Sara-Jayne Townsend is a published crime and horror writer and likes books in which someone dies horribly. She is founder and Chair Person of the T Party Writers’ Group. http://sarajaynetownsend.weebly.com/
Fifteen-year-old Morwenna lives with in Wales with her twin sister and her mad mother, in an alternative world where magic is real and fairies exist. One day Mori and her sister try and stop their mother from using a devastating magic, and in the battle that follows Mori is left crippled and her sister is killed. In order to escape her mother, Mori flees to England to find the father she has never really known. Sent to boarding school, Mori takes refuge in the science fiction books she loves, and seeks help from the fairies for the final battle with her mother that she knows is coming.
This is in no way a crime book. It’s more urban fantasy, but since it’s set in 1979 it could be classified as a historical fantasy also. The book takes place in diary form, and effectively takes place after the main climax. Mori writes about her life after the death of her sister and the battle to stop her mother, which is never fully described.
Among Others is an appropriate title for this book, as Mori is always the outsider. In the house where her father lives with his three sisters she is treated as a peculiarity, though the first time she sets foot inside her father’s study and finds it stuffed with science fiction paperbacks, she decides that this man can’t be so bad after all. At her boarding school in England she is the outsider because she is Welsh, and at a school where the emphasis is on sports she cannot play because of her damaged leg. Mori feels at home amongst the fairy folk, but being human she will never belong in their world.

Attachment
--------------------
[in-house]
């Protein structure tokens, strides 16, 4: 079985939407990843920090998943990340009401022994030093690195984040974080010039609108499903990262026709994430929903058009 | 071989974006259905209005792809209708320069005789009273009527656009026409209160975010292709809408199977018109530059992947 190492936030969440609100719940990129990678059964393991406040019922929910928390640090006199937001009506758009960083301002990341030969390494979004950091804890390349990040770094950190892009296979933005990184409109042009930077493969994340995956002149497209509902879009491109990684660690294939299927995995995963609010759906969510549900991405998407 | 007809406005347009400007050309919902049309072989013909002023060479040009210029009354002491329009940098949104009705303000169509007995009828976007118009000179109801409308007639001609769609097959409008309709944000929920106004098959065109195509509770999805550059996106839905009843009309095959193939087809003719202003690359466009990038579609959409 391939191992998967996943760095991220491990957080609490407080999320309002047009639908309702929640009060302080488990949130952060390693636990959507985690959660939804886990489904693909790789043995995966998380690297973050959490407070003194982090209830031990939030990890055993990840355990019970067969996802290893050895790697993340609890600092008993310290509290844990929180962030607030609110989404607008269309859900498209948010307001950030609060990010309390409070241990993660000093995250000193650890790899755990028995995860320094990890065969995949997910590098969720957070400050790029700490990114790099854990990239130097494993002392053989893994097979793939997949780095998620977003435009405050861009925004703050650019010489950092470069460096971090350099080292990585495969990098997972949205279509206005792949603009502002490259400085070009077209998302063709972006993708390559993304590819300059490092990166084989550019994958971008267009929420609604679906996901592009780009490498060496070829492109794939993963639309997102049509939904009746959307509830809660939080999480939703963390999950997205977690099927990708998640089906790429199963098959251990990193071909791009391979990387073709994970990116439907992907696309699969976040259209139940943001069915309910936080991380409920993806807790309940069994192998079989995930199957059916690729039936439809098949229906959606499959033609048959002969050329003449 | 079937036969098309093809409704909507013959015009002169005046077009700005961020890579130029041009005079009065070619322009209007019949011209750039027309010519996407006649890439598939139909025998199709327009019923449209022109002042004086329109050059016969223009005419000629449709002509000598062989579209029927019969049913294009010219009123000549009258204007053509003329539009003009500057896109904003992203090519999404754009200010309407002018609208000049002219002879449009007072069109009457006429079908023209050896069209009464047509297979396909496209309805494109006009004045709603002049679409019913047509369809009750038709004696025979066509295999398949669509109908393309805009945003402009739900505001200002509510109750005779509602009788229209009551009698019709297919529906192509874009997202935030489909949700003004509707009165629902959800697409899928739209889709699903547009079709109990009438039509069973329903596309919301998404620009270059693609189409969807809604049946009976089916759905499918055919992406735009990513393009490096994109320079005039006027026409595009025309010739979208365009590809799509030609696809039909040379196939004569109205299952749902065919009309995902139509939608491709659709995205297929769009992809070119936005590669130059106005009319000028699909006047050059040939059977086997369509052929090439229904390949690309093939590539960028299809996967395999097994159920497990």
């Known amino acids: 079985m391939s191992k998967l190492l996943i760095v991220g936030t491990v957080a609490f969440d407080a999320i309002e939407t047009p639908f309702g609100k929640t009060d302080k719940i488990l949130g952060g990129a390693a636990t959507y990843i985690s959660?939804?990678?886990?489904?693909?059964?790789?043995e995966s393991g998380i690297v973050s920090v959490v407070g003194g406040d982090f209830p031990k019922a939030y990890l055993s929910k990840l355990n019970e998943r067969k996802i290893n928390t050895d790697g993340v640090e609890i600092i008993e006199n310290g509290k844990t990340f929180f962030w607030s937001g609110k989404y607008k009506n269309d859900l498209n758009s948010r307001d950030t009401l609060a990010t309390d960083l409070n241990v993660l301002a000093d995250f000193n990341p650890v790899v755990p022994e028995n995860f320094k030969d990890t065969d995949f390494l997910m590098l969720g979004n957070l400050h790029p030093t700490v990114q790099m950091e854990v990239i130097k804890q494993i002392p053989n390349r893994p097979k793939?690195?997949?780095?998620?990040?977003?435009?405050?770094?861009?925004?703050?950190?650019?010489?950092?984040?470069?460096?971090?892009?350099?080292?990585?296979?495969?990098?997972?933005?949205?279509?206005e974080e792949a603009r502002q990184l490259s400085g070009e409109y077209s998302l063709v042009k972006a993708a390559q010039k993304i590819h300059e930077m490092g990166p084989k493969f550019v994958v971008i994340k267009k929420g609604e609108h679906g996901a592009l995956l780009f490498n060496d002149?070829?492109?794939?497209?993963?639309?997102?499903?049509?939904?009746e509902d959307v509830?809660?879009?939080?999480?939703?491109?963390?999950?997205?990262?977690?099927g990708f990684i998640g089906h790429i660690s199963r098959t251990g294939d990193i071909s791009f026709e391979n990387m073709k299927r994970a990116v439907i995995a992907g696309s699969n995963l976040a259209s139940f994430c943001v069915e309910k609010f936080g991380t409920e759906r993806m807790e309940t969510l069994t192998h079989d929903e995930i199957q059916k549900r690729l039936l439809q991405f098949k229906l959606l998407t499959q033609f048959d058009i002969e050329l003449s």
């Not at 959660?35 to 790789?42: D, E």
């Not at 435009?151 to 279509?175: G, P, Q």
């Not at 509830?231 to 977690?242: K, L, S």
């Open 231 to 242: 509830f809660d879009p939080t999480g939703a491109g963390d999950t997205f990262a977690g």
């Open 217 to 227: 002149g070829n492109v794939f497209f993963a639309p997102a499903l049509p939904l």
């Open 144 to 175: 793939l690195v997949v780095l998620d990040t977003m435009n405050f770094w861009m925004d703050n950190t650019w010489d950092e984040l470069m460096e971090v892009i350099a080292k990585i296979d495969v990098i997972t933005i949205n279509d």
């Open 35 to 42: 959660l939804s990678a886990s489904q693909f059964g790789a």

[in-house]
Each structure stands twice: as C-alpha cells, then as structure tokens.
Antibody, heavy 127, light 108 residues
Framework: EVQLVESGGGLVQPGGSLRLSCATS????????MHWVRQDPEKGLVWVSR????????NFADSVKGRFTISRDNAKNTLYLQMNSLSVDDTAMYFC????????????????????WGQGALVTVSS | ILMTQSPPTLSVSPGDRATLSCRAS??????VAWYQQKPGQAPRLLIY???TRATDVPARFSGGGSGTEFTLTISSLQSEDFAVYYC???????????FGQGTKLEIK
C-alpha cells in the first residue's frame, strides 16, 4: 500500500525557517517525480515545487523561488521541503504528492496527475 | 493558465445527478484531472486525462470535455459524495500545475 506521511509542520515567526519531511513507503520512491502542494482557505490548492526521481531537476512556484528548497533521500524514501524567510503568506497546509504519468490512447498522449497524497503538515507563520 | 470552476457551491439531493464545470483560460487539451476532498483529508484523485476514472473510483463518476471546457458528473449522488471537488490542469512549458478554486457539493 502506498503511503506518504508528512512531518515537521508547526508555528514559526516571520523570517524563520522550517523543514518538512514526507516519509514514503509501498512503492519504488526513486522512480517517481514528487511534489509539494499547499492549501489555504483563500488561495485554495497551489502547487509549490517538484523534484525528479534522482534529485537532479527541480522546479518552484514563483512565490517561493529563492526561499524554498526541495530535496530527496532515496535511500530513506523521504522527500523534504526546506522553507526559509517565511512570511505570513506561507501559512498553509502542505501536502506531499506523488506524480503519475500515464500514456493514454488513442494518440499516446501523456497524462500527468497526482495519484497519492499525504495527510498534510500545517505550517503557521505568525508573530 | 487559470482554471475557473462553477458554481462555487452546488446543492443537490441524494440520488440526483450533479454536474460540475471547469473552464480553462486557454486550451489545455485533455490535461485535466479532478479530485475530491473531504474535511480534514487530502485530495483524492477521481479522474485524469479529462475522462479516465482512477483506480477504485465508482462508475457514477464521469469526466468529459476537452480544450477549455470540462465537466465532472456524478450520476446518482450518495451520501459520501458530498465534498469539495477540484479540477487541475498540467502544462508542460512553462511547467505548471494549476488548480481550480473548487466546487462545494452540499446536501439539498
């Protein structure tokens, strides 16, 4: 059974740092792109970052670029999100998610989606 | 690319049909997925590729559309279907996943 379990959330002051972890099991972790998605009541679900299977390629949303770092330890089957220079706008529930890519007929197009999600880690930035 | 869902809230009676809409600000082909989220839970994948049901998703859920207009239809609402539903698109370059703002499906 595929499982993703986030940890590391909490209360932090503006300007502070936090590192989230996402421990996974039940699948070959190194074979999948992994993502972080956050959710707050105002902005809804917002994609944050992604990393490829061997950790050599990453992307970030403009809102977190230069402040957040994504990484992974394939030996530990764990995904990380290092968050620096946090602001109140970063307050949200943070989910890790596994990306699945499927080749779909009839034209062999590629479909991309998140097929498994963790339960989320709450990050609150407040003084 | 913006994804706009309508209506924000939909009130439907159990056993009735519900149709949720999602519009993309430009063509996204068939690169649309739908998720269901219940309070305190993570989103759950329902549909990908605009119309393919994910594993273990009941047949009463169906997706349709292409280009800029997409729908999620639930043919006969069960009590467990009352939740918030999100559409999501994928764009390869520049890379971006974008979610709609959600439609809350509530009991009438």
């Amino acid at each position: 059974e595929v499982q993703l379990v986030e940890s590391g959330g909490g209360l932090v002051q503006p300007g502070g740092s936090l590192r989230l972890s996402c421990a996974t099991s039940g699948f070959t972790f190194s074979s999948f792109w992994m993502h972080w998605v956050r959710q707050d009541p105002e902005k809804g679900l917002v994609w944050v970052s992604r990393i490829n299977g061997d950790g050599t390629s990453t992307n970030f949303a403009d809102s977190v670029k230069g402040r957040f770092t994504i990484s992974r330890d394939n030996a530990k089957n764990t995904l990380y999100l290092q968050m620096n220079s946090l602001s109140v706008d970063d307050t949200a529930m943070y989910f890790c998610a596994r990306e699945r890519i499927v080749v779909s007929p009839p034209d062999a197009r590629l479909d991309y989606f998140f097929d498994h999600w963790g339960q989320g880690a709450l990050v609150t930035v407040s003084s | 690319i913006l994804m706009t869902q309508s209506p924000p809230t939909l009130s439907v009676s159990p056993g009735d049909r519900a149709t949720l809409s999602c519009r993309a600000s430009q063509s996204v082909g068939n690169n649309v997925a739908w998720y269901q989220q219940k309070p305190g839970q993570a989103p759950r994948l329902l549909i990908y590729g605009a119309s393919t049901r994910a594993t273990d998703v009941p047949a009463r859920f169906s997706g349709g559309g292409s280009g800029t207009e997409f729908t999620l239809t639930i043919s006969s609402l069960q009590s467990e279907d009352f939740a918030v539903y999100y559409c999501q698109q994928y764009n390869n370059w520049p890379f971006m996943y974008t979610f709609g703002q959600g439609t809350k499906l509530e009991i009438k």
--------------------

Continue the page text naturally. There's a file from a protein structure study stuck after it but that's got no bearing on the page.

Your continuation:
With books being her first love, Mori uses her diary to comment on the books she reads, and she gets through vast quantities of them – sometimes two a day. When she discovers a science fiction book club in the library of the nearby town, Mori is delighted to finally find people who are interested in hearing what she has to say.
If you like a book with a strong plot this one probably isn’t for you, as not much really happens. Although Mori does have a final confrontation with her mother, the ending feels somewhat rushed and anti-climactic, and the book does feel like one long epilogue, with the actual story having happened before the book begins. However, Mori is a beautifully drawn and thoroughly realistic character, and anyone who went through adolescence feeling like the outsider – particularly one who grew up reading science fiction – will empathise with her and find much to appreciate in this study of adolescent “otherness”.